Article  CAS  PubMed Central  Google Scholar 

  19. Iacovazzo D, Korbonits M (2016) Gigantism: x-linked acrogigantism and GPR101 mutations. Growth Horm IGF Res 30–31:64–69

    Article  Google Scholar 

  20. Pei L, Melmed S, Scheithauer B et al (1994) H-ras mutations in human pituitary carcinoma metastases. J Clin Endocrinol Metab 78:842–846.

    Article  CAS  PubMed  Google Scholar 

  21. Karga HJ, Alexander JM, Hedley-Whyte ET et al (1992) Ras mutations in human pituitary tumors. J Clin Endocrinol Metab 74:914–919.

    Article  CAS  PubMed  Google Scholar 

  22. Waters AM, Der CJ (2018) KRAS: the critical driver and therapeutic target for pancreatic cancer. Cold Spring Harb Perspect Med 8:a031435.

    Article  CAS  PubMed  PubMed Central  Google Scholar 

  23. Karachaliou N, Mayo-de-las-Casas C, Molina-Vila MA, Rosell R (2015) Real-time liquid biopsies become a reality in cancer treatment. Ann Transl Med 3(3):36

    PubMed  PubMed Central  Google Scholar 

  24. Haber DA, Velculescu VE (2014) Blood-based analyses of cancer: circulating tumor cells and circulating tumor DNA. Cancer Discov. 4(6):650–661

    Article  CAS  Google Scholar 

  25. Diaz LA, Polyak K (2013) Tracking tumor resistance using ‘liquid biopsies.’ Nat Med.

    Article  PubMed  PubMed Central  Google Scholar 

  26. Mattox AK, Bettegowda C, Zhou S et al (2019) Applications of liquid biopsies for cancer. Sci Transl Med.

    Article  PubMed  Google Scholar 

  27. Olmedillas-López S, García-Arranz M, García-Olmo D (2017) Current and emerging applications of droplet digital PCR in oncology. Mol Diagnosis Ther 21(5):493–510

    Article  Google Scholar 

  28. Dong L, Wang S, Fu B, Wang J (2018) Evaluation of droplet digital PCR and next generation sequencing for characterizing DNA reference material for KRAS mutation detection. Sci Reports 8:9650.

    Article  CAS  Google Scholar 

  29. Pender A, Garcia-Murillas I, Rana S et al (2015) Efficient genotyping of KRAS mutant non-small cell lung cancer using a multiplexed droplet digital PCR approach. PLoS ONE 10:e0139074.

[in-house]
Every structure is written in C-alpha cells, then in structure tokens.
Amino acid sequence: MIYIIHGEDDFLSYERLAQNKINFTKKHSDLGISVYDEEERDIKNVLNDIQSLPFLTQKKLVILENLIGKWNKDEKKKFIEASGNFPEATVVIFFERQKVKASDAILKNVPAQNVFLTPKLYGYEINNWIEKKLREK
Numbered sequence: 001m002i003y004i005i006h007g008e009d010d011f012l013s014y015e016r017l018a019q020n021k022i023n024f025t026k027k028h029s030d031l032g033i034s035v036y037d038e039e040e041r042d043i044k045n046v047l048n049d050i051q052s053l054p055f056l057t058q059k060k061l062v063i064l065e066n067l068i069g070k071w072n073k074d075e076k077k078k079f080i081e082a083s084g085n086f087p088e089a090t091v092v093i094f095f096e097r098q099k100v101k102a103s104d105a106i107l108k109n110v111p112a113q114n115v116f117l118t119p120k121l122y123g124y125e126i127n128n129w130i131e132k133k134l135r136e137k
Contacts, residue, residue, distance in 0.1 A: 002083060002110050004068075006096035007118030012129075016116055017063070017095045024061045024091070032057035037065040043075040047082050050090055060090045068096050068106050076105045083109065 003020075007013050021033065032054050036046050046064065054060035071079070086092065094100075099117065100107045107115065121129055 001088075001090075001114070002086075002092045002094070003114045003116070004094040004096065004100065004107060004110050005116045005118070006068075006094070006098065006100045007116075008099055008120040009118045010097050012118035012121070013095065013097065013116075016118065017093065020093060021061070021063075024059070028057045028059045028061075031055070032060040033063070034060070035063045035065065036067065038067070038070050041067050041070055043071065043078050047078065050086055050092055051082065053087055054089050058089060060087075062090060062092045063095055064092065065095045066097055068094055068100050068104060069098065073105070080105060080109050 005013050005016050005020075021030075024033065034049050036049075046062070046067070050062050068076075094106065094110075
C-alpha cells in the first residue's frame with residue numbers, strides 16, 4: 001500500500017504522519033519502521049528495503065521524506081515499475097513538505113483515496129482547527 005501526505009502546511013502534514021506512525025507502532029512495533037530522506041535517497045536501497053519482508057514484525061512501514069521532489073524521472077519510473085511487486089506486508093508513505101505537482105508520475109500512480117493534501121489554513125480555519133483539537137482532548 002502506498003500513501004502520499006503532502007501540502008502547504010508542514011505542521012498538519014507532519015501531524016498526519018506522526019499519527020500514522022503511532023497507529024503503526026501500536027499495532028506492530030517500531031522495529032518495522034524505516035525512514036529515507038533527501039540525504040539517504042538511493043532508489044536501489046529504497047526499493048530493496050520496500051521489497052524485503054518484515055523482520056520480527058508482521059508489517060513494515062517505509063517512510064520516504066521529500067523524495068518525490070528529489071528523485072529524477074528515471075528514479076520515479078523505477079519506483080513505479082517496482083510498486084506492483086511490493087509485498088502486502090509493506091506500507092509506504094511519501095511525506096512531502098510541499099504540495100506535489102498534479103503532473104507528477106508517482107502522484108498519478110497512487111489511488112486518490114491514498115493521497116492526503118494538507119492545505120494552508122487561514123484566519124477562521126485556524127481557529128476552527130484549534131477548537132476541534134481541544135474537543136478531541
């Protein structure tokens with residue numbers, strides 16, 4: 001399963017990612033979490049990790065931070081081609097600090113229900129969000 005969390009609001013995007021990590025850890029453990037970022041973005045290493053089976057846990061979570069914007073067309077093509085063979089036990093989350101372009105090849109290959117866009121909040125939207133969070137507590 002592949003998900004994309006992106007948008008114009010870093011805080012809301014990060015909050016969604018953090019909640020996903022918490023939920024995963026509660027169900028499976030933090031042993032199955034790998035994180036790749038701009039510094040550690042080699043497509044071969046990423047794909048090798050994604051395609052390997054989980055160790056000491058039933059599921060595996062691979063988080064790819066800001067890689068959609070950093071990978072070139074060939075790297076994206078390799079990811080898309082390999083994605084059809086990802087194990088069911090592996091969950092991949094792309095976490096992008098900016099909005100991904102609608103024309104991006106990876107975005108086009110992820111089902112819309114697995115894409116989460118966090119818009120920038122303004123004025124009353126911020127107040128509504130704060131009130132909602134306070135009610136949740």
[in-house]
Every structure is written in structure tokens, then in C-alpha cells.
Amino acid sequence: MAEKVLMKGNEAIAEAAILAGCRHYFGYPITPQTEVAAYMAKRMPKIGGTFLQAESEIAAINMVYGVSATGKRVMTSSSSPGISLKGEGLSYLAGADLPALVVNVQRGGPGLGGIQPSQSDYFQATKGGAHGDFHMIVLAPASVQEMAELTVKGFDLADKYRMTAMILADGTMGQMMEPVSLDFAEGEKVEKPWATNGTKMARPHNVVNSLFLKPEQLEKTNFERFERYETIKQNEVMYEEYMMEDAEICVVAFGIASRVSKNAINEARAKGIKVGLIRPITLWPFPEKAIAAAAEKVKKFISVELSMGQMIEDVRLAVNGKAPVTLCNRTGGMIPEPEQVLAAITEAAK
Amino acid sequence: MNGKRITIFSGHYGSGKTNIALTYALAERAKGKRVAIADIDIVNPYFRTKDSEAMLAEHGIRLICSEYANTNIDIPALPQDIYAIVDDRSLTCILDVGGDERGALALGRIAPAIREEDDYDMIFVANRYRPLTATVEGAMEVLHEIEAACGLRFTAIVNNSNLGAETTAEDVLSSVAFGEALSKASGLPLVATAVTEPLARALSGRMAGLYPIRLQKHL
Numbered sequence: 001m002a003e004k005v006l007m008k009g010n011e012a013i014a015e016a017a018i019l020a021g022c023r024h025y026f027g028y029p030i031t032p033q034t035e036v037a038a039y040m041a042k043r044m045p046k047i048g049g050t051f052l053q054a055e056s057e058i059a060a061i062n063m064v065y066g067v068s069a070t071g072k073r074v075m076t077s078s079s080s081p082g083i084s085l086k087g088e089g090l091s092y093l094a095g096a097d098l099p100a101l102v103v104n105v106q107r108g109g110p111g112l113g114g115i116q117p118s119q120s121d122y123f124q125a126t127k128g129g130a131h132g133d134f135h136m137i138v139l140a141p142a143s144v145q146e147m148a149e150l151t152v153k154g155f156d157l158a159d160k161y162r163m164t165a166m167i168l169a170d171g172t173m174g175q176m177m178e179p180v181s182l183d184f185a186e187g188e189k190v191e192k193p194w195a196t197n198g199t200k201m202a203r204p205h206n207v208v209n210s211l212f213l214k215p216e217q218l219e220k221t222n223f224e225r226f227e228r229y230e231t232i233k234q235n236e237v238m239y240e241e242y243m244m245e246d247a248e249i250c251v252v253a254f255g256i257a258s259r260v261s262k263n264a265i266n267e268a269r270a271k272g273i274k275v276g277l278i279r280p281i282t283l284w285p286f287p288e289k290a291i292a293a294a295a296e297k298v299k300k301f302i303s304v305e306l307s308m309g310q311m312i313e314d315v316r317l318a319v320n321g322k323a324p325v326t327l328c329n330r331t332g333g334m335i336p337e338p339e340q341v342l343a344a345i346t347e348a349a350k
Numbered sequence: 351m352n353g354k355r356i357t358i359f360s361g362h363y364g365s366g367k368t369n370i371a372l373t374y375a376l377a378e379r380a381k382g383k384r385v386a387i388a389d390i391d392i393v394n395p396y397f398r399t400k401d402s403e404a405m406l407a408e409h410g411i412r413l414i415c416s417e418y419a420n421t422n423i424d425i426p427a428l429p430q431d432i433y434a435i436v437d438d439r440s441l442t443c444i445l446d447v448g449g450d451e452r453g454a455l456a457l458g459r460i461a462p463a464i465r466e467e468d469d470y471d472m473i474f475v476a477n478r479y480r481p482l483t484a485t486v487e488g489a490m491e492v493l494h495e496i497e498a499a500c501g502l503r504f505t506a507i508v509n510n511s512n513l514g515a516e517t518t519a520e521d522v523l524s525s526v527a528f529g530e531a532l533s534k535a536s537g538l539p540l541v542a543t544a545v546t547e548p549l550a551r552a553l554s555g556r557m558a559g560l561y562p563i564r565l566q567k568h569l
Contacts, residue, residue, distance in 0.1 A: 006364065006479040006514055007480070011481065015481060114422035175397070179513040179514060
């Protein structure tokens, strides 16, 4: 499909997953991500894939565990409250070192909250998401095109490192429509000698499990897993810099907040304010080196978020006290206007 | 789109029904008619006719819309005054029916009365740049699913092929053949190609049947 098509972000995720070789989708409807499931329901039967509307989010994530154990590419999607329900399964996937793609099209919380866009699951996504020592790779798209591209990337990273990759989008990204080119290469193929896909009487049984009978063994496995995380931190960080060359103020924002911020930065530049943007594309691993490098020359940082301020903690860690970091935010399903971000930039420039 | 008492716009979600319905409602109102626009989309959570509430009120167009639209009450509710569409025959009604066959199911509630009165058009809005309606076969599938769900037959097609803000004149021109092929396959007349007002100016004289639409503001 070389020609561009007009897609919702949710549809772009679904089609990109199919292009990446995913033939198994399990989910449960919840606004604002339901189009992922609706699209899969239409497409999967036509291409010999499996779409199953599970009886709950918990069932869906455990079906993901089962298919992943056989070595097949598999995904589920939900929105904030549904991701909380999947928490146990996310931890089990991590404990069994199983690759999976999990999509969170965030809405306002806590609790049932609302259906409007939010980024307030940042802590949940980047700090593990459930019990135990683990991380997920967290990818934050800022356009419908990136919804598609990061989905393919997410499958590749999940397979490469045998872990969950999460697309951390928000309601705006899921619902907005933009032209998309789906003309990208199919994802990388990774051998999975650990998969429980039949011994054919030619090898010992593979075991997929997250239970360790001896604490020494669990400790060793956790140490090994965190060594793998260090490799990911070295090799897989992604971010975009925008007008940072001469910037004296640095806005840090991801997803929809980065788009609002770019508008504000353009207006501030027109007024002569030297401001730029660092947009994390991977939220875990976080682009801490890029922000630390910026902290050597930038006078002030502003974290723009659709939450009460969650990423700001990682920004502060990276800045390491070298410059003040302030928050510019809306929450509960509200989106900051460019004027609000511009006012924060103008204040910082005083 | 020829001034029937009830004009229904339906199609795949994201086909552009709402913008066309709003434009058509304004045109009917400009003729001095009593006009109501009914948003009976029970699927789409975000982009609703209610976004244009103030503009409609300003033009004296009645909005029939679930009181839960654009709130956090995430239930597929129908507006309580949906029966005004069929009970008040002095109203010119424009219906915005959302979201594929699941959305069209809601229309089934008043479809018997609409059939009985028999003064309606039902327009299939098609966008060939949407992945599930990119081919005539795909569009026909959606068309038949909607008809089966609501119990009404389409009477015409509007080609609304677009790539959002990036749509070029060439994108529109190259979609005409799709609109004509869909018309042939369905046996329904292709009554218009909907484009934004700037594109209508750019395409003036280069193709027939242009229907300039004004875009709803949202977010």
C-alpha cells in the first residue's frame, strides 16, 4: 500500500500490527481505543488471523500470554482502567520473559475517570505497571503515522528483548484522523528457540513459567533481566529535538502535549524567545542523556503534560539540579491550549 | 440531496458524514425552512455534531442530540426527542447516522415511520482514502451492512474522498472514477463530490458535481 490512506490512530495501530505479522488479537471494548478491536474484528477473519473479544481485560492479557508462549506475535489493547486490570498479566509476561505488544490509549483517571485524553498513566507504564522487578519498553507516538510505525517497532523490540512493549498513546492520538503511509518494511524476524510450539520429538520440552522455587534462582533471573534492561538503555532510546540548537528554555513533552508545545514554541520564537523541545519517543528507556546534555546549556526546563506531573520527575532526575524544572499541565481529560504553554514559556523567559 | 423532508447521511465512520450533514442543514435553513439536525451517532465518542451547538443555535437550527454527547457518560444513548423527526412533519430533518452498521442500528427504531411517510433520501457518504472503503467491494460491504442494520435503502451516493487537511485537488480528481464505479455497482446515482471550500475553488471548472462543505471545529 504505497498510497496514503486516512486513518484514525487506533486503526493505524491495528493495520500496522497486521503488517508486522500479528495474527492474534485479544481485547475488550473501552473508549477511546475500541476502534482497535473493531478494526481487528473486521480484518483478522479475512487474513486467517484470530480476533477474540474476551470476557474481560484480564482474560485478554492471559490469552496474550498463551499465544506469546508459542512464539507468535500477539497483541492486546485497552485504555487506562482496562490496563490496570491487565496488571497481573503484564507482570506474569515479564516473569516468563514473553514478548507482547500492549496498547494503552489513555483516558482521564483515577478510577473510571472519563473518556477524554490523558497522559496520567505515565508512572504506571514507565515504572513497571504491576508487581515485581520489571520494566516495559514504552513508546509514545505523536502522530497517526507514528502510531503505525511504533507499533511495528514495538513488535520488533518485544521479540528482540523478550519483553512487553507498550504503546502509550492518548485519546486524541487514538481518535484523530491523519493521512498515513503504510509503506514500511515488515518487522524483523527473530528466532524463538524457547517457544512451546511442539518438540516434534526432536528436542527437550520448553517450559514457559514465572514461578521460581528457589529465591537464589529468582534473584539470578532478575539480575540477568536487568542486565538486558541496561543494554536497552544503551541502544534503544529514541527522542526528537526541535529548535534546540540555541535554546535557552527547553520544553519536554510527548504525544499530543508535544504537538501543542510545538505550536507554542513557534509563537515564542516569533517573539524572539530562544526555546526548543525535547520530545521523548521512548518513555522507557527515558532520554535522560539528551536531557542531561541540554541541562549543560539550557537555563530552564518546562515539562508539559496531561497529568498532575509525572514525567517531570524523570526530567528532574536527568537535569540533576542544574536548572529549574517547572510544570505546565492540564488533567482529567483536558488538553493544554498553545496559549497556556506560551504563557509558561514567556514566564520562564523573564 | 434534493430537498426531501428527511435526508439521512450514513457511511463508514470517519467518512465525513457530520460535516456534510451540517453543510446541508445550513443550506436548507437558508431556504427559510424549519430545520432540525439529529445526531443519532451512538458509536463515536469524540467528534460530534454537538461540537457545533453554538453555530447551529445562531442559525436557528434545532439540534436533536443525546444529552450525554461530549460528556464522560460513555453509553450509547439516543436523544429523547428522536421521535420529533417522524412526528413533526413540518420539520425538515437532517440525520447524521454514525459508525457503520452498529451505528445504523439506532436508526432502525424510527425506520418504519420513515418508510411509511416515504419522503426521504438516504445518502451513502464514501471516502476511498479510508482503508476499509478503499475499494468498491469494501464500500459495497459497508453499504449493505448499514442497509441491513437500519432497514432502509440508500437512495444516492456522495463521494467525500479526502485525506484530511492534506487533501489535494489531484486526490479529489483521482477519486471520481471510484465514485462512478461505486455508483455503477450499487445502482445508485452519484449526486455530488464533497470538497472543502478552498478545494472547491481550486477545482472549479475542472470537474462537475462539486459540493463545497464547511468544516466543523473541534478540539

Article  CAS  PubMed  PubMed Central  Google Scholar 

  30. Denis JA, Patroni A, Guillerm E et al (2016) Droplet digital PCR of circulating tumor cells from colorectal cancer patients can predict KRAS mutations before surgery. Mol Oncol 10:1221–1231.

    Article  CAS  PubMed  PubMed Central  Google Scholar 

  31. De Rubis G, Rajeev Krishnan S, Bebawy M (2019) Liquid biopsies in cancer diagnosis, monitoring, and prognosis. Trends Pharmacol Sci 40(3):172–186

    Article  Google Scholar 

  32. Diaz LA, Bardelli A (2014) Liquid biopsies: genotyping circulating tumor DNA. J Clin Oncol 32(6):579–586

    Article  Google Scholar 

  33. Myers MB, Mckim KL, Meng F, Parsons BL (2015) Low-frequency KRAS mutations are prevalent in lung adenocarcinomas. Per Med 12:83–98.

    Article  CAS  PubMed  PubMed Central  Google Scholar 

  34. Tougeron D, Lecomte T, Pagès JC et al (2013) Effect of low-frequency KRAS mutations on the response to anti-EGFR therapy in metastatic colorectal cancer. Ann Oncol 24:1267–1273.

    Article  CAS  PubMed  Google Scholar 

Download references


We thank the funding agencies (CNPq and FAPERJ), the patient and the Associação Mahatma Gandhi for their support.


This study was funded by the Brazilian agencies: Conselho Nacional de Desenvolvimento Científico e Tecnológico (CNPq Universal 427912/2018–0) and Fundação de Amparo à Pesquisa do Rio de Janeiro (FAPERJ 25191).

Author information

Authors and Affiliations



VA and VMN contributed to the study conception and design. Material preparation, data collection and analysis were performed by VA, MH, PJM, LK, RLM, FA, LC, MRG, VMN. The first draft of the manuscript was written by VA and VMN, and all authors contributed to the final draft. MRG and PNF critically revised the manuscript. All authors have read and approved its final draft for publication.

Corresponding author

Correspondence to Veronica Aran.

Ethics declarations

Conflict of Interest

The authors have no relevant financial or non-financial interests to disclose.

Ethics approval

This study was performed in line with the principles of the Declaration of Helsinki. Approval was granted by the Ethics Committee of Instituto Estadual do Cérebro Paulo Niemeyer (Approval number: CAAE:90680218.6.1001.8110).

Additional information

Publisher's Note

Springer Nature remains neutral with regard to jurisdictional claims in published maps and institutional affiliations.

Rights and permissions

Reprints and Permissions

About this article

Verify currency and authenticity via CrossMark

Cite this article

Aran, V., Heringer, M., da Mata, P.J. et al. Identification of mutant K-RAS in pituitary macroadenoma. Pituitary 24, 746–753 (2021).

Download citation

  • Accepted:

  • Published:

  • Issue Date:

  • DOI:


  • Pituitary adenoma
  • K-RAS
  • Macroadenoma
  • Digital PCR
  • Liquid biopsy